Learn more about how to get the best investment value from whole life insurance.
“Laddering” is long-term planning that gives you the most insurance when you need it most. The peak years for needing life insurance are the 20 years following a marriage or birth of a child.
These are the years of greater financial burdens like debt, a mortgage, schooling costs, and purchases that add up when you’re raising children.
With a term life policy, you can get extra coverage during these years. The policy will expire when your needs aren’t as great. Once the kids fly from the nest, you may want a smaller policy to cover the later, more carefree years.
For instance, instead of a 30-year policy that costs $1.5 million, you could buy three cheaper life insurance policies:
A 10-year $500,000 policy for the peak years.
A 20-year policy of $300,000.
A 30-year policy of $200,000.
There are pros and cons to this approach:
Pro: If you’re pretty sure your financial needs will go down over time, it’ll save you money.
Con: If your future is unpredictable, you might want a single, blanket policy.
Owning multiple life policies is a good idea under special circumstances:
If you’re young and have life insurance through work, you might want a term policy to cover big student loan debts that a parent cosigned. Your parents won’t be responsible for your debt if you die, so you only need this if you have a co-signer you want to protect. If you’re in your 20s and healthy, this type of plan will be bargain-basement cheap.
If you’re a small business owner, you might need one policy to cover your business equipment and loans, and another policy to shield your family.
If you want to leave income for your family no matter when you die, a permanent policy like whole life is a key part of estate planning. You can still take out a term life policy to cover more immediate financial needs.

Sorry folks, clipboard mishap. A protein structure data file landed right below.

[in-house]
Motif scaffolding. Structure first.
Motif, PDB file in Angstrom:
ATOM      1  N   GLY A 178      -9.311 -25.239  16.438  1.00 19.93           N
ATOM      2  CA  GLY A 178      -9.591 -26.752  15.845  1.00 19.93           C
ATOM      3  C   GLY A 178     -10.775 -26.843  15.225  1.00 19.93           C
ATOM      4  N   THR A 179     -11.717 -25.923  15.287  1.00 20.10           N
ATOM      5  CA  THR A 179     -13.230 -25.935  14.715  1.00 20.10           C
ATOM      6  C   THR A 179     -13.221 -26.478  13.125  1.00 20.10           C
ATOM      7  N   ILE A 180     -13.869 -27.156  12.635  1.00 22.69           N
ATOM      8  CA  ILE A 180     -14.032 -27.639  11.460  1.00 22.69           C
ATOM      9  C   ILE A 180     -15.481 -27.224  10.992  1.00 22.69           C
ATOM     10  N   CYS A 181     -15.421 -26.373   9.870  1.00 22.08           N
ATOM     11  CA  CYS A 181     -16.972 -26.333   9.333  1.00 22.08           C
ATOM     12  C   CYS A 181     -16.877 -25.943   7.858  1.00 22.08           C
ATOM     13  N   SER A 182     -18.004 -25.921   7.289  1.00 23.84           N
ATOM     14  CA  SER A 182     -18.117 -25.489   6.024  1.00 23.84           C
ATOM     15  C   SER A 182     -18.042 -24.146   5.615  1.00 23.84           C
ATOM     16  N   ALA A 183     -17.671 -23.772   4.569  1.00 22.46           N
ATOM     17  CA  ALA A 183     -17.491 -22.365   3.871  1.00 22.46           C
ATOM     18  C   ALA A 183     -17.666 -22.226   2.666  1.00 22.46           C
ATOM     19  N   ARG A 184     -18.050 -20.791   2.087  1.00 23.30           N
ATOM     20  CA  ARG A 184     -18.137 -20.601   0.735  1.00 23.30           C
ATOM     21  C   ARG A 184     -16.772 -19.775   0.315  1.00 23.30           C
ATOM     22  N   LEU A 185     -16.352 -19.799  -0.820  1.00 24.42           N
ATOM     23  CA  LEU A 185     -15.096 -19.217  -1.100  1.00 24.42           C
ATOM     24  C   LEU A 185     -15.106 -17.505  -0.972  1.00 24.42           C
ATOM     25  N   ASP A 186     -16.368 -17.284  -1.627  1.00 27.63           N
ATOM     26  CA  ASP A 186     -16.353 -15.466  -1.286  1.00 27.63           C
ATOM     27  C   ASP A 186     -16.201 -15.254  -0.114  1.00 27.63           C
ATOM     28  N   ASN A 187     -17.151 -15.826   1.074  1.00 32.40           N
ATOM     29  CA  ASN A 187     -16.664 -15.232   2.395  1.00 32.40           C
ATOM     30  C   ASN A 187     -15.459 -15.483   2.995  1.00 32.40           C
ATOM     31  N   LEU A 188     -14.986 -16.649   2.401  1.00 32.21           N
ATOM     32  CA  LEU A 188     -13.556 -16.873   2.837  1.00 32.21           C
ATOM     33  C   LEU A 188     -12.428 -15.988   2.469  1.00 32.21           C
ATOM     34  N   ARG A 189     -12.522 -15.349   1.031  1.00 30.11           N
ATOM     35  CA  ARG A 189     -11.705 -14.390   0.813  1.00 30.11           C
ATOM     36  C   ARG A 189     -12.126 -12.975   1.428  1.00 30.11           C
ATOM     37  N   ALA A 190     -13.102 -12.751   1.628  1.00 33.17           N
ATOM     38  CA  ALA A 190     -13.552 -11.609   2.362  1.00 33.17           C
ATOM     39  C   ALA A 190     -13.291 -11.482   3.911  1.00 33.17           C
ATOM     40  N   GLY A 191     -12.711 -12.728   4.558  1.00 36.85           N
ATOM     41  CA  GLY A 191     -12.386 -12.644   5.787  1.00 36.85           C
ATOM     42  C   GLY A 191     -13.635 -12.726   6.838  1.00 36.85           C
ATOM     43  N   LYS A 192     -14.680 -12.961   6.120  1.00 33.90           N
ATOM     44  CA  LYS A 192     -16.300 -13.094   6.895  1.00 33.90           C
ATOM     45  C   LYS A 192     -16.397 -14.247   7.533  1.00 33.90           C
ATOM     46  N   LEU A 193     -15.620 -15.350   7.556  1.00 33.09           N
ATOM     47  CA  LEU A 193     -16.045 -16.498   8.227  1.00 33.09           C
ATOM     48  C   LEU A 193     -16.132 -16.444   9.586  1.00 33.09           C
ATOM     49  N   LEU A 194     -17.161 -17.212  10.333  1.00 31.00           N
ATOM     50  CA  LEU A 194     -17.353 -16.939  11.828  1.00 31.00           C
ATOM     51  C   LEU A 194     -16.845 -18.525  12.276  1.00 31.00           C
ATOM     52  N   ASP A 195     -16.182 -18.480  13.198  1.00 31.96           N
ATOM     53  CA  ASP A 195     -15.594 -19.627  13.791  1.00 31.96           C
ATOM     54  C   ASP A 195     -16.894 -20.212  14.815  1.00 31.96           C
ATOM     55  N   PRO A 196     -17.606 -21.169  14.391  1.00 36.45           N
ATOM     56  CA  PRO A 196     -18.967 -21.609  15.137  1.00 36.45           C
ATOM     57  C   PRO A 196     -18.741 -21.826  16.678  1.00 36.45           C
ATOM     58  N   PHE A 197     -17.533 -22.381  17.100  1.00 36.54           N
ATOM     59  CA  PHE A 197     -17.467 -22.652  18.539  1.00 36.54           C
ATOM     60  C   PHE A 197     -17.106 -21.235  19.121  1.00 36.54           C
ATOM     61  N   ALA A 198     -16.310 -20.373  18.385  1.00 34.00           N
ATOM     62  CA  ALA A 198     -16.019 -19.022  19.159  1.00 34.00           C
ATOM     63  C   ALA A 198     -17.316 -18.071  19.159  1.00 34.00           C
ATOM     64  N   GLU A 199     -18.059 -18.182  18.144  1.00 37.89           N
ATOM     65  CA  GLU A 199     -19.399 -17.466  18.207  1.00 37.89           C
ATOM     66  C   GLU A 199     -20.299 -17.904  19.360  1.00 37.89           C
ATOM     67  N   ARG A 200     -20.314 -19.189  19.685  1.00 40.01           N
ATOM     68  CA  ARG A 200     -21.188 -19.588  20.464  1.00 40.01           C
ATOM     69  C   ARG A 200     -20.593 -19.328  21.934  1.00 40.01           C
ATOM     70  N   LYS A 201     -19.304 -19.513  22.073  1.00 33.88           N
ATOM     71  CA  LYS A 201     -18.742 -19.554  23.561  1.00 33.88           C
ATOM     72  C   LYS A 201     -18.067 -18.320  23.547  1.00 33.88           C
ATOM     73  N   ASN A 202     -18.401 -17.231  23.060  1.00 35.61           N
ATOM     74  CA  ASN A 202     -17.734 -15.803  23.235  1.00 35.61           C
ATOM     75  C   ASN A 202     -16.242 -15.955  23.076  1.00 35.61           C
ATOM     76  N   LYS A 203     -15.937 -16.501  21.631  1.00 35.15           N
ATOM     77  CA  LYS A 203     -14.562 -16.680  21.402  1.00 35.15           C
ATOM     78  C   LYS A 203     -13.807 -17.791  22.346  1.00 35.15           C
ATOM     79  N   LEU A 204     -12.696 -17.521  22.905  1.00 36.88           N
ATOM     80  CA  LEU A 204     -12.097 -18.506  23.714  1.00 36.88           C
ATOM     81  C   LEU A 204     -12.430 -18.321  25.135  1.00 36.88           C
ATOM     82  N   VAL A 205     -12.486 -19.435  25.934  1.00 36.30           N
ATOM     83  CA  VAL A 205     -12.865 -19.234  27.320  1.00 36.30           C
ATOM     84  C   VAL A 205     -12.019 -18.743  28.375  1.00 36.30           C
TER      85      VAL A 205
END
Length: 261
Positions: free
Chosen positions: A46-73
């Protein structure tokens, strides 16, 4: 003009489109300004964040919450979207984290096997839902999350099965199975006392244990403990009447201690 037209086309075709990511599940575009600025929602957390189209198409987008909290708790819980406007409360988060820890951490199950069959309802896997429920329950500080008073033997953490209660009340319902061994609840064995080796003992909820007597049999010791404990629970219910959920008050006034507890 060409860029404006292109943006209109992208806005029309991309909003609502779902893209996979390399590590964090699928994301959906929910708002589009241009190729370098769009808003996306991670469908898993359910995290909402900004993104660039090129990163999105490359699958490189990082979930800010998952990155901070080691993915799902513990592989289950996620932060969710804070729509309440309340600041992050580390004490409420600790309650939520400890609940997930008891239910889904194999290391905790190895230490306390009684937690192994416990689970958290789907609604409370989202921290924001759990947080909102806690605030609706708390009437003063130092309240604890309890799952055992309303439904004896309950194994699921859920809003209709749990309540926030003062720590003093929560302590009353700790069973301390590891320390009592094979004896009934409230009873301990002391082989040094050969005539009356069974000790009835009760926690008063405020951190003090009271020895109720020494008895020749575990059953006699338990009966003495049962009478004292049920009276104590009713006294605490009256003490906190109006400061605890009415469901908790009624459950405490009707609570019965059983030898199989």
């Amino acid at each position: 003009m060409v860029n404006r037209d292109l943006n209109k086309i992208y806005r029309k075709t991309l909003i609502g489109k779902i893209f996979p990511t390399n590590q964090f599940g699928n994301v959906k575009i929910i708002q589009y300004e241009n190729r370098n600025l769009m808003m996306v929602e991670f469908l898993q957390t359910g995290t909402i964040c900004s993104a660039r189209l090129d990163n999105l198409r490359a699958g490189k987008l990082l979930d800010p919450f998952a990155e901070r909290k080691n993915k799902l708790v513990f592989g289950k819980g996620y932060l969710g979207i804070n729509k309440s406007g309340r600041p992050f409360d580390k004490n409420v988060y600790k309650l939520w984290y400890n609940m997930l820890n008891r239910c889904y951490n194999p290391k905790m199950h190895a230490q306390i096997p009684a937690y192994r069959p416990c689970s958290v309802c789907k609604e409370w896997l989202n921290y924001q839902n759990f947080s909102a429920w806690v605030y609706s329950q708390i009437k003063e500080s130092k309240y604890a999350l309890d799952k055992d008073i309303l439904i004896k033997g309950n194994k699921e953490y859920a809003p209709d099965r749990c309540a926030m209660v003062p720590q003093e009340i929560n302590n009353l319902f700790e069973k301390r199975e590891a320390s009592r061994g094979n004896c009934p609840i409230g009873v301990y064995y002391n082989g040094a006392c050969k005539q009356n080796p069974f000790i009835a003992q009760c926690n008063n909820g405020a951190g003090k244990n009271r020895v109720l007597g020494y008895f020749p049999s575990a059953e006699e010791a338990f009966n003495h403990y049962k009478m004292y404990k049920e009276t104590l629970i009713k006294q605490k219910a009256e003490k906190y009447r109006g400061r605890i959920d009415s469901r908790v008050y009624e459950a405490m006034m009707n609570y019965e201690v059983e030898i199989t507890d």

You might choose a whole life policy to cover your mortgage and a term life policy for funeral expenses.
Some people want to buy more than one policy while they’re young and rates are low.
But if you don’t want to go this route, you can add an insurance rider that lets you change your coverage when major life events alter the big picture. Instead of buying two policies, you can just increase the coverage on the policy you have as you get older.
Some riders let you buy more insurance as you age without needing another medical exam. These are called “guaranteed insurability riders.”
It costs more to have a GI rider. It might be worth it if you think your health will change or you have a history of medical issues. You can buy more insurance every few years on the anniversary of your original policy.
Some plans will let you boost coverage once you get married or have children. This is a good idea if you’re single or your budget is tight, but you want the option to buy more coverage later.
If you’ve put all your eggs into the term life basket, that doesn’t mean you can’t decide to convert to whole life later.
A term life policy is temporary, with an expiration date of 10, 20, or 30 years. Whole life is permanent life insurance and you're covered as long as you live. Whole life also has cash value, so it’s an investment that will reap financial rewards. It’s a good plan to have as you near retirement age.
Most term life plans are convertible to whole life, although many people don’t realize this. They might just let the policy lapse or go bare without coverage.
A policy that’s convertible has a time limit. Often, you have to convert by age 65, depending on the policy. Premiums go up as you age, so it’s best to convert as early as you can swing it. You can convert the whole policy at once or in installments over time.
Life insurance is a complex issue. But you don’t have to meet with an insurance agent face-to-face to figure it out. Click on PolicyScout to compare a wide range of life insurance policies instantly. And if you need to speak to a real person, just call one of our customer service agents who are always there to help.